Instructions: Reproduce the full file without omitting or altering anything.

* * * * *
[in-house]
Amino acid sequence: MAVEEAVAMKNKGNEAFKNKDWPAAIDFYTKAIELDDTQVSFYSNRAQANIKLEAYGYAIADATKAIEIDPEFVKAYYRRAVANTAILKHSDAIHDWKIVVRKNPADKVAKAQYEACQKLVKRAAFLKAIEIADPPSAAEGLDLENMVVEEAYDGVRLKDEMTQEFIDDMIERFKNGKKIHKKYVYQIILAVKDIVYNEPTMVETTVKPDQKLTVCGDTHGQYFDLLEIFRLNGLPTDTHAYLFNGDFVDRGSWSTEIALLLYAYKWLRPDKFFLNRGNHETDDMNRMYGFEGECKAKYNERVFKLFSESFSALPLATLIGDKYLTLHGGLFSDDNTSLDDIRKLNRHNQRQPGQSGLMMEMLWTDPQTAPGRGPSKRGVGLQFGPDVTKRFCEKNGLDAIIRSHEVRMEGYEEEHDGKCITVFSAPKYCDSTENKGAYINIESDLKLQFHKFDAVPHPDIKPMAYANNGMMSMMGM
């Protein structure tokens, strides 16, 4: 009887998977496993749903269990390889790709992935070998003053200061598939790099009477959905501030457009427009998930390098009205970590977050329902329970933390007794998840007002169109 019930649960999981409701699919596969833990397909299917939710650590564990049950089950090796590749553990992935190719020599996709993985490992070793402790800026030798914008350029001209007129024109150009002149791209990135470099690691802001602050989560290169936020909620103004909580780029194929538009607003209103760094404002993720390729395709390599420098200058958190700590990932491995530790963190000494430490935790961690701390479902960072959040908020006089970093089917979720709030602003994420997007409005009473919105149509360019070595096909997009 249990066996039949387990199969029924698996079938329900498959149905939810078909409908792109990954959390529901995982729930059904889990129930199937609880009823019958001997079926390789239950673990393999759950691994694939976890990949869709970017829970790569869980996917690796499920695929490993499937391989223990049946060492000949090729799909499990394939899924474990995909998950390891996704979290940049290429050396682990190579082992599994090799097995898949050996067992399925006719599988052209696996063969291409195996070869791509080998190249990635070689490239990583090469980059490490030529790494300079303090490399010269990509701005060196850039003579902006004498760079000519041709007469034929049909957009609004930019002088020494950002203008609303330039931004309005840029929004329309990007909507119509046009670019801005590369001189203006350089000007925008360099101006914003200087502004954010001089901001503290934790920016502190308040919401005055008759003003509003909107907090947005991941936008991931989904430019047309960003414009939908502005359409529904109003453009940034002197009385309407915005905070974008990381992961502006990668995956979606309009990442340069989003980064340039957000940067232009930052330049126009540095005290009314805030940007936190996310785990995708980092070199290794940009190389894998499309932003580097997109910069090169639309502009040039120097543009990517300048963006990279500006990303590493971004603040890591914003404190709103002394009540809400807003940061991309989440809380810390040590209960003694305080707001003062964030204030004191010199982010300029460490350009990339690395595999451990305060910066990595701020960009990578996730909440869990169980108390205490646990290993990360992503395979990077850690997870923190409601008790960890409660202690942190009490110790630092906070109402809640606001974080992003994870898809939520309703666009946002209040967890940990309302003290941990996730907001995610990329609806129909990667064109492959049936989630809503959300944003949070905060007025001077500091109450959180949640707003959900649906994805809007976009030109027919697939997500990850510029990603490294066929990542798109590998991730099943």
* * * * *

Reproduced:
[in-house]
Amino acid sequence: MAVEEAVAMKNKGNEAFKNKDWPAAIDFYTKAIELDDTQVSFYSNRAQANIKLEAYGYAIADATKAIEIDPEFVKAYYRRAVANTAILKHSDAIHDWKIVVRKNPADKVAKAQYEACQKLVKRAAFLKAIEIADPPSAAEGLDLENMVVEEAYDGVRLKDEMTQEFIDDMIERFKNGKKIHKKYVYQIILAVKDIVYNEPTMVETTVKPDQKLTVCGDTHGQYFDLLEIFRLNGLPTDTHAYLFNGDFVDRGSWSTEIALLLYAYKWLRPDKFFLNRGNHETDDMNRMYGFEGECKAKYNERVFKLFSESFSALPLATLIGDKYLTLHGGLFSDDNTSLDDIRKLNRHNQRQPGQSGLMMEMLWTDPQTAPGRGPSKRGVGLQFGPDVTKRFCEKNGLDAIIRSHEVRMEGYEEEHDGKCITVFSAPKYCDSTENKGAYINIESDLKLQFHKFDAVPHPDIKPMAYANNGMMSMMGM
């Protein structure tokens, strides 16, 4: 009887998977496993749903269990390889790709992935070998003053200061598939790099009477959905501030457009427009998930390098009205970590977050329902329970933390007794998840007002169109 019930649960999981409701699919596969833990397909299917939710650590564990049950089950090796590749553990992935190719020599996709993985490992070793402790800026030798914008350029001209007129024109150009002149791209990135470099690691802001602050989560290169936020909620103004909580780029194929538009607003209103760094404002993720390729395709390599420098200058958190700590990932491995530790963190000494430490935790961690701390479902960072959040908020006089970093089917979720709030602003994420997007409005009473919105149509360019070595096909997009 249990066996039949387990199969029924698996079938329900498959149905939810078909409908792109990954959390529901995982729930059904889990129930199937609880009823019958001997079926390789239950673990393999759950691994694939976890990949869709970017829970790569869980996917690796499920695929490993499937391989223990049946060492000949090729799909499990394939899924474990995909998950390891996704979290940049290429050396682990190579082992599994090799097995898949050996067992399925006719599988052209696996063969291409195996070869791509080998190249990635070689490239990583090469980059490490030529790494300079303090490399010269990509701005060196850039003579902006004498760079000519041709007469034929049909957009609004930019002088020494950002203008609303330039931004309005840029929004329309990007909507119509046009670019801005590369001189203006350089000007925008360099101006914003200087502004954010001089901001503290934790920016502190308040919401005055008759003003509003909107907090947005991941936008991931989904430019047309960003414009939908502005359409529904109003453009940034002197009385309407915005905070974008990381992961502006990668995956979606309009990442340069989003980064340039957000940067232009930052330049126009540095005290009314805030940007936190996310785990995708980092070199290794940009190389894998499309932003580097997109910069090169639309502009040039120097543009990517300048963006990279500006990303590493971004603040890591914003404190709103002394009540809400807003940061991309989440809380810390040590209960003694305080707001003062964030204030004191010199982010300029460490350009990339690395595999451990305060910066990595701020960009990578996730909440869990169980108390205490646990290993990360992503395979990077850690997870923190409601008790960890409660202690942190009490110790630092906070109402809640606001974080992003994870898809939520309703666009946002209040967890940990309302003290941990996730907001995610990329609806129909990667064109492959049936989630809503959300944003949070905060007025001077500091109450959180949640707003959900649906994805809007976009030109027919697939997500990850510029990603490294066929990542798109590998991730099943």